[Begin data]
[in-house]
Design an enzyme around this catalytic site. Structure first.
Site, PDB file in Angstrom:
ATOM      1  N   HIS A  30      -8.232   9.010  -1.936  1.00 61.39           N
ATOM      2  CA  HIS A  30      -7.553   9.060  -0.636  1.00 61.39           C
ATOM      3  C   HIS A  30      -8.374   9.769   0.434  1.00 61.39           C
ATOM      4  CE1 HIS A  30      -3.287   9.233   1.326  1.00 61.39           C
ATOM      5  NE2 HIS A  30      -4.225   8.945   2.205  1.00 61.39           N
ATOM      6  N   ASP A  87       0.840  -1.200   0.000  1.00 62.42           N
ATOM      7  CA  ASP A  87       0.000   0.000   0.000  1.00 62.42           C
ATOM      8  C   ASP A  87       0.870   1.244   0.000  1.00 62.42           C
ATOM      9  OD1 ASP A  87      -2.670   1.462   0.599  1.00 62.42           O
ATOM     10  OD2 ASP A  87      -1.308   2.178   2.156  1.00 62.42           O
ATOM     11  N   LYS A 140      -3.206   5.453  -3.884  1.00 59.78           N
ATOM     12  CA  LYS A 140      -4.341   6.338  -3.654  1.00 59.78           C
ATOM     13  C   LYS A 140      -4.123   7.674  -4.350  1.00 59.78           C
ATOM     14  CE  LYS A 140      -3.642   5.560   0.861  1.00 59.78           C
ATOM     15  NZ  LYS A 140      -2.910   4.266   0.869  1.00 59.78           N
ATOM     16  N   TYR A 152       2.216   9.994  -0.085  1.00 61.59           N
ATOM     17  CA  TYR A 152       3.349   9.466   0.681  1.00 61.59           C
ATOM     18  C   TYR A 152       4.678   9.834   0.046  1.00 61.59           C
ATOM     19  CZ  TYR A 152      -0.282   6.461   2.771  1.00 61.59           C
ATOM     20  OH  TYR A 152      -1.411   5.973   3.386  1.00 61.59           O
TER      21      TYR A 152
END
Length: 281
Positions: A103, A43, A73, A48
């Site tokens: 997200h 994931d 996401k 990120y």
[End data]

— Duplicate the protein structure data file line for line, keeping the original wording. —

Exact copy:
[in-house]
Design an enzyme around this catalytic site. Structure first.
Site, PDB file in Angstrom:
ATOM      1  N   HIS A  30      -8.232   9.010  -1.936  1.00 61.39           N
ATOM      2  CA  HIS A  30      -7.553   9.060  -0.636  1.00 61.39           C
ATOM      3  C   HIS A  30      -8.374   9.769   0.434  1.00 61.39           C
ATOM      4  CE1 HIS A  30      -3.287   9.233   1.326  1.00 61.39           C
ATOM      5  NE2 HIS A  30      -4.225   8.945   2.205  1.00 61.39           N
ATOM      6  N   ASP A  87       0.840  -1.200   0.000  1.00 62.42           N
ATOM      7  CA  ASP A  87       0.000   0.000   0.000  1.00 62.42           C
ATOM      8  C   ASP A  87       0.870   1.244   0.000  1.00 62.42           C
ATOM      9  OD1 ASP A  87      -2.670   1.462   0.599  1.00 62.42           O
ATOM     10  OD2 ASP A  87      -1.308   2.178   2.156  1.00 62.42           O
ATOM     11  N   LYS A 140      -3.206   5.453  -3.884  1.00 59.78           N
ATOM     12  CA  LYS A 140      -4.341   6.338  -3.654  1.00 59.78           C
ATOM     13  C   LYS A 140      -4.123   7.674  -4.350  1.00 59.78           C
ATOM     14  CE  LYS A 140      -3.642   5.560   0.861  1.00 59.78           C
ATOM     15  NZ  LYS A 140      -2.910   4.266   0.869  1.00 59.78           N
ATOM     16  N   TYR A 152       2.216   9.994  -0.085  1.00 61.59           N
ATOM     17  CA  TYR A 152       3.349   9.466   0.681  1.00 61.59           C
ATOM     18  C   TYR A 152       4.678   9.834   0.046  1.00 61.59           C
ATOM     19  CZ  TYR A 152      -0.282   6.461   2.771  1.00 61.59           C
ATOM     20  OH  TYR A 152      -1.411   5.973   3.386  1.00 61.59           O
TER      21      TYR A 152
END
Length: 281
Positions: A103, A43, A73, A48
């Site tokens: 997200h 994931d 996401k 990120y």